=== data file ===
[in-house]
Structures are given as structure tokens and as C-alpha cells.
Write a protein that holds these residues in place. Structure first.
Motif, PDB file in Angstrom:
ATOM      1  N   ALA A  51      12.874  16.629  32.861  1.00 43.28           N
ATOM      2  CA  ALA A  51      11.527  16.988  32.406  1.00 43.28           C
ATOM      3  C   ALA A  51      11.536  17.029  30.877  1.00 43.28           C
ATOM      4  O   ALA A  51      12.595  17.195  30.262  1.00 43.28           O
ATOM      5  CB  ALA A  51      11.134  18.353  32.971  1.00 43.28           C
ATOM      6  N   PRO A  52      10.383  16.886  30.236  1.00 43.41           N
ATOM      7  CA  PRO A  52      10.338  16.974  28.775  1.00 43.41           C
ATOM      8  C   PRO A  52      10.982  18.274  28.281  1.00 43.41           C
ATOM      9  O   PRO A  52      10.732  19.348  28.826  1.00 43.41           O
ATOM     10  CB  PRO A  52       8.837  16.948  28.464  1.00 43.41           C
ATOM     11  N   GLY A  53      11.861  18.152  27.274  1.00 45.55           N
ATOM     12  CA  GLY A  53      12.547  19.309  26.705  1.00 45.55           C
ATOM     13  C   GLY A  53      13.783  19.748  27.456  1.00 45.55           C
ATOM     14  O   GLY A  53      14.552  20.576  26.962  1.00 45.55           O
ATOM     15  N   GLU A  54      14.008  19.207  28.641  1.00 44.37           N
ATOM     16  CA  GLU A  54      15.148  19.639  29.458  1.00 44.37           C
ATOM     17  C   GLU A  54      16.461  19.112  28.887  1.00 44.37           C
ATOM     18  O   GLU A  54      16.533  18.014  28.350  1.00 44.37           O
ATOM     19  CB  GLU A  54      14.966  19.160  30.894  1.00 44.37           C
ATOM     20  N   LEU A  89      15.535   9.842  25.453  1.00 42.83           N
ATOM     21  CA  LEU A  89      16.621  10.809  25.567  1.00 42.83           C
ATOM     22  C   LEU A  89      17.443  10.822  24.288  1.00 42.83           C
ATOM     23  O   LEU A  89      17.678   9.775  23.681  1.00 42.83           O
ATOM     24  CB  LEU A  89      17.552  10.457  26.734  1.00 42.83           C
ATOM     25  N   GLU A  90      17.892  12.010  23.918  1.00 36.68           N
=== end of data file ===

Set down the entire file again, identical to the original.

[in-house]
Structures are given as structure tokens and as C-alpha cells.
Write a protein that holds these residues in place. Structure first.
Motif, PDB file in Angstrom:
ATOM      1  N   ALA A  51      12.874  16.629  32.861  1.00 43.28           N
ATOM      2  CA  ALA A  51      11.527  16.988  32.406  1.00 43.28           C
ATOM      3  C   ALA A  51      11.536  17.029  30.877  1.00 43.28           C
ATOM      4  O   ALA A  51      12.595  17.195  30.262  1.00 43.28           O
ATOM      5  CB  ALA A  51      11.134  18.353  32.971  1.00 43.28           C
ATOM      6  N   PRO A  52      10.383  16.886  30.236  1.00 43.41           N
ATOM      7  CA  PRO A  52      10.338  16.974  28.775  1.00 43.41           C
ATOM      8  C   PRO A  52      10.982  18.274  28.281  1.00 43.41           C
ATOM      9  O   PRO A  52      10.732  19.348  28.826  1.00 43.41           O
ATOM     10  CB  PRO A  52       8.837  16.948  28.464  1.00 43.41           C
ATOM     11  N   GLY A  53      11.861  18.152  27.274  1.00 45.55           N
ATOM     12  CA  GLY A  53      12.547  19.309  26.705  1.00 45.55           C
ATOM     13  C   GLY A  53      13.783  19.748  27.456  1.00 45.55           C
ATOM     14  O   GLY A  53      14.552  20.576  26.962  1.00 45.55           O
ATOM     15  N   GLU A  54      14.008  19.207  28.641  1.00 44.37           N
ATOM     16  CA  GLU A  54      15.148  19.639  29.458  1.00 44.37           C
ATOM     17  C   GLU A  54      16.461  19.112  28.887  1.00 44.37           C
ATOM     18  O   GLU A  54      16.533  18.014  28.350  1.00 44.37           O
ATOM     19  CB  GLU A  54      14.966  19.160  30.894  1.00 44.37           C
ATOM     20  N   LEU A  89      15.535   9.842  25.453  1.00 42.83           N
ATOM     21  CA  LEU A  89      16.621  10.809  25.567  1.00 42.83           C
ATOM     22  C   LEU A  89      17.443  10.822  24.288  1.00 42.83           C
ATOM     23  O   LEU A  89      17.678   9.775  23.681  1.00 42.83           O
ATOM     24  CB  LEU A  89      17.552  10.457  26.734  1.00 42.83           C
ATOM     25  N   GLU A  90      17.892  12.010  23.918  1.00 36.68           N